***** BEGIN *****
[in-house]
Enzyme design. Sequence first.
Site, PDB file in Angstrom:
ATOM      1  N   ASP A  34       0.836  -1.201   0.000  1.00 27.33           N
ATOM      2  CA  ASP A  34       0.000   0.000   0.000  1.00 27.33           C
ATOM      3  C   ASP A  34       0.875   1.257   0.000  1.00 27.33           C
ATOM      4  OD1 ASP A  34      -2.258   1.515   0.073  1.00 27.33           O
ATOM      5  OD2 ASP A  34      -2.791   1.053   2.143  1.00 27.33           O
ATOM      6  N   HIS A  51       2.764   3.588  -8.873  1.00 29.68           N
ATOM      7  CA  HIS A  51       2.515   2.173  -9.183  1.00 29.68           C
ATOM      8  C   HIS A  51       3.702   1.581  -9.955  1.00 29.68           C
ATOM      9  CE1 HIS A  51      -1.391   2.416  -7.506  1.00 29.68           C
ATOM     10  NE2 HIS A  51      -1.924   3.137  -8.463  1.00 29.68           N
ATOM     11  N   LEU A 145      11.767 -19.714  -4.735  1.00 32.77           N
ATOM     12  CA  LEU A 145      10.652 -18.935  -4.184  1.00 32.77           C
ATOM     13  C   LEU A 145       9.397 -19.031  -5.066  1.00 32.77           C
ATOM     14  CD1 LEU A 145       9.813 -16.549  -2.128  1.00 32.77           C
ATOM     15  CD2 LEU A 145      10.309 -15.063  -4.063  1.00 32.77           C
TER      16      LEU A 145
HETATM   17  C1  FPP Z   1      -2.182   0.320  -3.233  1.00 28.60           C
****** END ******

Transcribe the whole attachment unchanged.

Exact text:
[in-house]
Enzyme design. Sequence first.
Site, PDB file in Angstrom:
ATOM      1  N   ASP A  34       0.836  -1.201   0.000  1.00 27.33           N
ATOM      2  CA  ASP A  34       0.000   0.000   0.000  1.00 27.33           C
ATOM      3  C   ASP A  34       0.875   1.257   0.000  1.00 27.33           C
ATOM      4  OD1 ASP A  34      -2.258   1.515   0.073  1.00 27.33           O
ATOM      5  OD2 ASP A  34      -2.791   1.053   2.143  1.00 27.33           O
ATOM      6  N   HIS A  51       2.764   3.588  -8.873  1.00 29.68           N
ATOM      7  CA  HIS A  51       2.515   2.173  -9.183  1.00 29.68           C
ATOM      8  C   HIS A  51       3.702   1.581  -9.955  1.00 29.68           C
ATOM      9  CE1 HIS A  51      -1.391   2.416  -7.506  1.00 29.68           C
ATOM     10  NE2 HIS A  51      -1.924   3.137  -8.463  1.00 29.68           N
ATOM     11  N   LEU A 145      11.767 -19.714  -4.735  1.00 32.77           N
ATOM     12  CA  LEU A 145      10.652 -18.935  -4.184  1.00 32.77           C
ATOM     13  C   LEU A 145       9.397 -19.031  -5.066  1.00 32.77           C
ATOM     14  CD1 LEU A 145       9.813 -16.549  -2.128  1.00 32.77           C
ATOM     15  CD2 LEU A 145      10.309 -15.063  -4.063  1.00 32.77           C
TER      16      LEU A 145
HETATM   17  C1  FPP Z   1      -2.182   0.320  -3.233  1.00 28.60           C